Sir u r just pointing that the how bad the alternatives are but the waters we are in currently are also hot. So given ur acute sense of economy, can u just not talk abt minimizing losses and propose how can we make SOEs an efficient and profitable entity?
Whole economy runs on the concept of Capitalism all around the world. Private sector plays the most part in the economy of the developed countries. In US, defense production is even carried out by private Sector which is BillIion US$ Industry. Every where Banking systems is based and driven by Private Banks, which look after the Private Sector. Writer has not given any example of Pak Govt Enterprise where it is performing efficiently and contributing to Govt exchequer. Only exceptional sector is Oil & Gas, which is inherently successful all over the world.
I am quite disappointed by authors lack of information on the KESC issue. Being an engineer my self I can safely say with 101% surity that KESC is far better today than it was before privatisation. Keeping in mind that the main role of KESC is delivering electricity and not generating it. The distribution network has improved in KESC by leaps and bounds and if political parties had not interfered the corrupt line-men were showed the door 5 years ago, they would have been replaced by more competent staff. And police or Army co-operates the bill recovery of the city can easily come to 80-90% . KESC is one of the success story, despite the fact that it was under sold at the first auction and the first company that took over couldnt handle KESC properly, and even then that company sold KESC for double the price it had bought and left with 100% profit in one year despite abysmal performance, this should be look into by NAB.
Just can not argee. When governance is as bad is it is in Pakistan your argument makes little sense.
I disagree completely with the writer regarding privatisation. He said that improving efficiency, restructuring etc. will reduce losses. That is the biggest problem in state owned organisations. There is no will. Everybody is looking for his vested interests.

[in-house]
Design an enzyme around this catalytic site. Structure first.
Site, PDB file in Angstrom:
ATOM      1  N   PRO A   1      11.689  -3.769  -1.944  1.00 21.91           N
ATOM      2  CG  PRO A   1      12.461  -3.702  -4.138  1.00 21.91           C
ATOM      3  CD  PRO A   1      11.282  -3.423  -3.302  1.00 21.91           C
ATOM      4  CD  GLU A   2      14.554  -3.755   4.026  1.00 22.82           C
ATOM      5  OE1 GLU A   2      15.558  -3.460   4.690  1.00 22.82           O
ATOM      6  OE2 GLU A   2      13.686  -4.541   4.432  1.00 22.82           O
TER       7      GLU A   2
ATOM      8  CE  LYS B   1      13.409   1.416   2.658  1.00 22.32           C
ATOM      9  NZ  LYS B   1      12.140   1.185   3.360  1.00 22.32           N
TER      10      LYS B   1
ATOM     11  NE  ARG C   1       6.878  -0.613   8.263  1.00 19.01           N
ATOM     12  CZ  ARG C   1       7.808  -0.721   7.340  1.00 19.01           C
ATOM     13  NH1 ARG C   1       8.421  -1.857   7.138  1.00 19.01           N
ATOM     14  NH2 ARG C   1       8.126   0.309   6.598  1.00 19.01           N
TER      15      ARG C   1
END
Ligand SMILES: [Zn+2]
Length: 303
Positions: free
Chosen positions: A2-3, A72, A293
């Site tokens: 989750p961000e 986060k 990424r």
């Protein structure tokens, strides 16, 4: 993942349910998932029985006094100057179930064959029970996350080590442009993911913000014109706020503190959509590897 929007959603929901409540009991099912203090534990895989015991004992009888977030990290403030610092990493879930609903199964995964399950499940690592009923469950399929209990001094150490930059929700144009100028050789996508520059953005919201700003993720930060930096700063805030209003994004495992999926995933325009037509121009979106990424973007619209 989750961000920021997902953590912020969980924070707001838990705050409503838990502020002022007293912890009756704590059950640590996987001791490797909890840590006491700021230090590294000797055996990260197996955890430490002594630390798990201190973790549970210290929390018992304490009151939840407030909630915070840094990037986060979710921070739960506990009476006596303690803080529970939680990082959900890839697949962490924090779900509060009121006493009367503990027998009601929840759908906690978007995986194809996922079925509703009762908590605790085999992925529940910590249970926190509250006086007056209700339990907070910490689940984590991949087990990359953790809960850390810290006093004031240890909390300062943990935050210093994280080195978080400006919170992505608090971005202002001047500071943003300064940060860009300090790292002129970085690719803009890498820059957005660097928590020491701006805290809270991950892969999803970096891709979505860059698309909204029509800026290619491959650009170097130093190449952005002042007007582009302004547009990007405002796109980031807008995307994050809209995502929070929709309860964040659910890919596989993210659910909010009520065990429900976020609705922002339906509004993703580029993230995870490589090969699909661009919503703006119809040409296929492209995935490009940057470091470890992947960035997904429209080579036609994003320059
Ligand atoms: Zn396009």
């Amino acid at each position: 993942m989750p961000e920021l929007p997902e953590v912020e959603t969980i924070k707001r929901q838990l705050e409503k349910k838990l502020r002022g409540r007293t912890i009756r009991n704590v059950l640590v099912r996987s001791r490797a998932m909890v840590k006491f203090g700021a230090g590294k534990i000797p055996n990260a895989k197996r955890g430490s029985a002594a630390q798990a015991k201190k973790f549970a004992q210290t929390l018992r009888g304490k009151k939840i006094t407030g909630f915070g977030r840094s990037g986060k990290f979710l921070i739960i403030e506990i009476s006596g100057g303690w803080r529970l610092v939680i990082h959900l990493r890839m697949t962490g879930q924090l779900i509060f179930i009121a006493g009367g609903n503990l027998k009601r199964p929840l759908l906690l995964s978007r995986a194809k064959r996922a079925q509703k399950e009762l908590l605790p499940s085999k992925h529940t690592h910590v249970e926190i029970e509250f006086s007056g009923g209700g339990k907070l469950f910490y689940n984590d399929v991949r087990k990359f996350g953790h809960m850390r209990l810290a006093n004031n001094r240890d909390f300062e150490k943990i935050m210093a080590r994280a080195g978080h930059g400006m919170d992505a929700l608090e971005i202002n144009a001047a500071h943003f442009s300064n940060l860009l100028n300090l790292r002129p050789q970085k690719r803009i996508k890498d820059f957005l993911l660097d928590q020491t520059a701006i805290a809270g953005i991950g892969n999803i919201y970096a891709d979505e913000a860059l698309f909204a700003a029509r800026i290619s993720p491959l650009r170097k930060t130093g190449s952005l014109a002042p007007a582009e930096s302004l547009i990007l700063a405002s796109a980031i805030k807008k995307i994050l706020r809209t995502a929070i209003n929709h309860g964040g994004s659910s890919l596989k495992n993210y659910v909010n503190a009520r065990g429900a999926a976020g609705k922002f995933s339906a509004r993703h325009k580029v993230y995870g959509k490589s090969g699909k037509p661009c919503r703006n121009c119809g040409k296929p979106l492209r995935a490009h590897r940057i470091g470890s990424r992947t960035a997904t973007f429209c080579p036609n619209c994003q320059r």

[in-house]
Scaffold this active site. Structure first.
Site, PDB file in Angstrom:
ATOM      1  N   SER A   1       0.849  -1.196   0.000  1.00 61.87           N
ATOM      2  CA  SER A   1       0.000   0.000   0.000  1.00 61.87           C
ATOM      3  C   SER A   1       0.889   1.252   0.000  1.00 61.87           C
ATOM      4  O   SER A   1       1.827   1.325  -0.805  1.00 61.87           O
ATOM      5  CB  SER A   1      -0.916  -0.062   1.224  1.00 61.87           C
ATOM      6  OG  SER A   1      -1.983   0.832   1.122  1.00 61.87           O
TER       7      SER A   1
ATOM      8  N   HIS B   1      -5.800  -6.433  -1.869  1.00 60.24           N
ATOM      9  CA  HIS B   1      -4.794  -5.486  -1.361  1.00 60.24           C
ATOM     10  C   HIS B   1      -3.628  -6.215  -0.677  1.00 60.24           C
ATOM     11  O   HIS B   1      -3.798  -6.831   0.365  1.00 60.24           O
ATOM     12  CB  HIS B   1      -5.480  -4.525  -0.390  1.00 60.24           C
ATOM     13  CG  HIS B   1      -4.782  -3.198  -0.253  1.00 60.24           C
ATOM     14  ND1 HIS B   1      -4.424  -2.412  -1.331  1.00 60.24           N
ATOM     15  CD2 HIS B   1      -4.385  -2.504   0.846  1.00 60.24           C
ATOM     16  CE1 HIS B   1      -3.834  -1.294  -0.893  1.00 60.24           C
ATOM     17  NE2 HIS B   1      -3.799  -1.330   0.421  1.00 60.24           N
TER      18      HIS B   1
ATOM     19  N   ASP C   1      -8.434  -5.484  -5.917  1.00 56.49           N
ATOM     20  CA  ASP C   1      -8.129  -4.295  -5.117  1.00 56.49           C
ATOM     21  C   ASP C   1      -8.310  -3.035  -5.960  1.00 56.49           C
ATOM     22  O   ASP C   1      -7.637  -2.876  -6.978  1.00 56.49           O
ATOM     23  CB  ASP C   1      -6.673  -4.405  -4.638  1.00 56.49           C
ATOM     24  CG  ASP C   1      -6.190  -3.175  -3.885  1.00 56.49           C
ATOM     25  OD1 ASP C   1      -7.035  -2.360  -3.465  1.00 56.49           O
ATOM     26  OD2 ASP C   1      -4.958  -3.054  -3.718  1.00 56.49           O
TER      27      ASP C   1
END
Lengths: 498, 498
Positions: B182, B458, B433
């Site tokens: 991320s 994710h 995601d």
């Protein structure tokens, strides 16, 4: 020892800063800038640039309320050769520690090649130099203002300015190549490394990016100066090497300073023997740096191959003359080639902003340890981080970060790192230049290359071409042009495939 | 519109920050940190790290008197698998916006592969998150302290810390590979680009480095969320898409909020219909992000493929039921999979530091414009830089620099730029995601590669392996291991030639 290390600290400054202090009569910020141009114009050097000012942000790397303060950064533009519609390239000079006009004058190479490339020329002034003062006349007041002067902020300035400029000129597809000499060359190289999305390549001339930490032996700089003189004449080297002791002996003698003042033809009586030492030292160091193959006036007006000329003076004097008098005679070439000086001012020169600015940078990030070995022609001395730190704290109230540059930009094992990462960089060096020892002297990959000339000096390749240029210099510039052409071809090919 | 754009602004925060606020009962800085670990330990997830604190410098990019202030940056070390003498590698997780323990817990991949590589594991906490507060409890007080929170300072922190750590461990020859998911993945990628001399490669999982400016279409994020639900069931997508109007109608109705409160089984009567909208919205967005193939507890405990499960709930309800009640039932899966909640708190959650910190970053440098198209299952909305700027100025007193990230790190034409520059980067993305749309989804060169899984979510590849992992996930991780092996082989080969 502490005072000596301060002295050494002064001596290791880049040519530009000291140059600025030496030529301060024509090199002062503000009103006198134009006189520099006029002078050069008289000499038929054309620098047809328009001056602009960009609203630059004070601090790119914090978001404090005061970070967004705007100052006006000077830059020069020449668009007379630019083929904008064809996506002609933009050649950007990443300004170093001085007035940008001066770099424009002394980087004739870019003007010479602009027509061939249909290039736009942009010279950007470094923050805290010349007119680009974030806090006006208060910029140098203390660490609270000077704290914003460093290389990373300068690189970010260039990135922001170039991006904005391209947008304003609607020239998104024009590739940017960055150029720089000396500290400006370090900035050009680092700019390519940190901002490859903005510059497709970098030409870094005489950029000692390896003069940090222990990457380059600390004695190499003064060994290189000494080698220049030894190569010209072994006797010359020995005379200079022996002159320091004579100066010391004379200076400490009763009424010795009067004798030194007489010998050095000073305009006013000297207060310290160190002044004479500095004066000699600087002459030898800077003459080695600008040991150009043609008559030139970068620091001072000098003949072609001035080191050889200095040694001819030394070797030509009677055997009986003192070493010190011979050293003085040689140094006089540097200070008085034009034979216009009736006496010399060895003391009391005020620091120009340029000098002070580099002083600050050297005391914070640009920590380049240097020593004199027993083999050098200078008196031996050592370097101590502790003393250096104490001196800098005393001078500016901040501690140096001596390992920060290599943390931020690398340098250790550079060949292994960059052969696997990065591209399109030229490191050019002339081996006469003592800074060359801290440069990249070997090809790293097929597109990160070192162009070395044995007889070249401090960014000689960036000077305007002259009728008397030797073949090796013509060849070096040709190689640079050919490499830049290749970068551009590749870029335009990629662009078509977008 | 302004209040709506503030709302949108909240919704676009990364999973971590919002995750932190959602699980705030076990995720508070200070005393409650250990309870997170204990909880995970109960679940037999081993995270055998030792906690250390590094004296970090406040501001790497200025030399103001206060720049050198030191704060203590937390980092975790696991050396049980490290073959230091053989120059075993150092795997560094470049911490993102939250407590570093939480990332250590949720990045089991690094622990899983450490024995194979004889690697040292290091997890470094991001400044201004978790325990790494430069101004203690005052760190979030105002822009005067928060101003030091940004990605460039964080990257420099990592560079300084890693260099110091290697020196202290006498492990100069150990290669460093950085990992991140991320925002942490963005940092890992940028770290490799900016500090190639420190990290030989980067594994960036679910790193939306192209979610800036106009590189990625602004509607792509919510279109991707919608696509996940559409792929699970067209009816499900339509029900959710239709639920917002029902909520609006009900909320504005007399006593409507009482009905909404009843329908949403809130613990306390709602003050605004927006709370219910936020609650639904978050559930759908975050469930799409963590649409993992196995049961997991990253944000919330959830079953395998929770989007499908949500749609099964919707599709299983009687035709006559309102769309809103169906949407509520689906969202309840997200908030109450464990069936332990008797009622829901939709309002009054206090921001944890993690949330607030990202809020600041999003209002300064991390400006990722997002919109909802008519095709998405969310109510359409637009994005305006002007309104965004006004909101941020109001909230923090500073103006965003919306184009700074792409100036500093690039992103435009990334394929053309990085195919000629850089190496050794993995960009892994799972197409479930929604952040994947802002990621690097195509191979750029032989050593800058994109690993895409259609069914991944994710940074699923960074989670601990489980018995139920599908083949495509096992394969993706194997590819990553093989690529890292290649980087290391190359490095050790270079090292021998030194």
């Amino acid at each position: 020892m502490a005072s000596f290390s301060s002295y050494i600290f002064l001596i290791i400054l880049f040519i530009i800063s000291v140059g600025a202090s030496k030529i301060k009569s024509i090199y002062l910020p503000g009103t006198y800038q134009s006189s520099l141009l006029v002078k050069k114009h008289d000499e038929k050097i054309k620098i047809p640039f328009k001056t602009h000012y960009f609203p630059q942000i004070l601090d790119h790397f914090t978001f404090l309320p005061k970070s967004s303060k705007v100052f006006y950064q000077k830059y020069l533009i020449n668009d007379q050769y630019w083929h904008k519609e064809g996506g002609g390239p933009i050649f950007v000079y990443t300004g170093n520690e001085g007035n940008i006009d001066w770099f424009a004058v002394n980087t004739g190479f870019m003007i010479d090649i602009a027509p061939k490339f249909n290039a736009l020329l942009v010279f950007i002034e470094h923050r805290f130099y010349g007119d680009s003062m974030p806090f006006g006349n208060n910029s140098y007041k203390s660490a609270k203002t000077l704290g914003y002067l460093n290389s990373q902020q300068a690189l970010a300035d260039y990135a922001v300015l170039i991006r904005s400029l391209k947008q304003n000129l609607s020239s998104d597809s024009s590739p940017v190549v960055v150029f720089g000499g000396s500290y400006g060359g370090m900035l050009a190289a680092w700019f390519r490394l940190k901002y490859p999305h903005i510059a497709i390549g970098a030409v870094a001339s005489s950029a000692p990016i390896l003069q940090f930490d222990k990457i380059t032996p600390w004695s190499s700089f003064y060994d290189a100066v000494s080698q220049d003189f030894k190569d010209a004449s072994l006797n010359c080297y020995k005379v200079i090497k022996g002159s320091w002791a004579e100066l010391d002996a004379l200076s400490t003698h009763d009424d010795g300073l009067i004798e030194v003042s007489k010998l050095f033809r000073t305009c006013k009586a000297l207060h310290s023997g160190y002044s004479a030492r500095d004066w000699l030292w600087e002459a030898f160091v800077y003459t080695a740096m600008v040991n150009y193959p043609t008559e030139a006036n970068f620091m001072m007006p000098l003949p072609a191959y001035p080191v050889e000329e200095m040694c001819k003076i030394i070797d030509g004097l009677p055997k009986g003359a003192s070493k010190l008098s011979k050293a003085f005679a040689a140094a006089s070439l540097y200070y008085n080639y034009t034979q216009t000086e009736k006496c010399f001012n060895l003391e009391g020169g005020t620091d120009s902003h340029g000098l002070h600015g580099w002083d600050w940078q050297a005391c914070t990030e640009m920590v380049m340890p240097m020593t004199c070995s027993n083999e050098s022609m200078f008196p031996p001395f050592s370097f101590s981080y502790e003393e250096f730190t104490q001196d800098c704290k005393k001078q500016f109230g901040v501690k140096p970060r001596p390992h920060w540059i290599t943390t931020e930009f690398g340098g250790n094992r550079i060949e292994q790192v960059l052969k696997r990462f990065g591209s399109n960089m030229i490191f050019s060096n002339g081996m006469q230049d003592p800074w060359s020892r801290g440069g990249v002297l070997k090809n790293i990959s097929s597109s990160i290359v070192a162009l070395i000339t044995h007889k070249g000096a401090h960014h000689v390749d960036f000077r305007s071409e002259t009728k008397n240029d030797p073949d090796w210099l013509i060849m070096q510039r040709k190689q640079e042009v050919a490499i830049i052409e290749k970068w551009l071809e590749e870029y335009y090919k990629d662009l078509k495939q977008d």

Even if we take the example of KESC, with the kind of mess the company had before privatization, it is not an easy task for the new management to correct things overnight. Be it overstaffing, wrong staffing, unions, ghundaism, corruption, dilapidated equipment etc. etc., it takes time and effort to make improvement. If you look at the situation in karachi vs rest of the country, it is much better in karachi. Now coming to profitability, it still a net loss making company, but its losses are reducing every quarter, with significant improvement in line losses etc. Last year thier EBITDA also became positive.
Now take the example of privatisation of UBL, MCB, HBL etc. You see a marked improvement in thier quality of services and thier efforts towards customer satisfaction. Before privatisation, all of these banks were net loss making enterprises. Now they are not just profit making, they pay significant taxes to government exchequer.
PTCL would have been bankrupt a long time ago, if it was not privatised. They reduced thier manpower from almost 60,000 to 30,000 and now they have announced their aim to reduce it to around 15000 i.e. 1/4th of the manpower is actually required to run the company despite the fact that the network has actually increased. That very clearly explains the inefficiencies in government organisations.
Government job is to make policies, not to run corporations. Let private sector manage corporations and government concentrate on policy making. Government can still have significant shareholding, with no management control, to ensure continuous profitability.
This sentence shows you do not know what you are talking about. The external debt increased for exogenous reasons and have nothing to do with privatization. Second, Pakistan's privatization has mostly been subdued. If enough was sold, economic growth would be much higher. You should look at the banking sector that was privatized, it has done tremendously, also telecom, cooking oil, a load of mills, etc. This opinionated piece is a joke.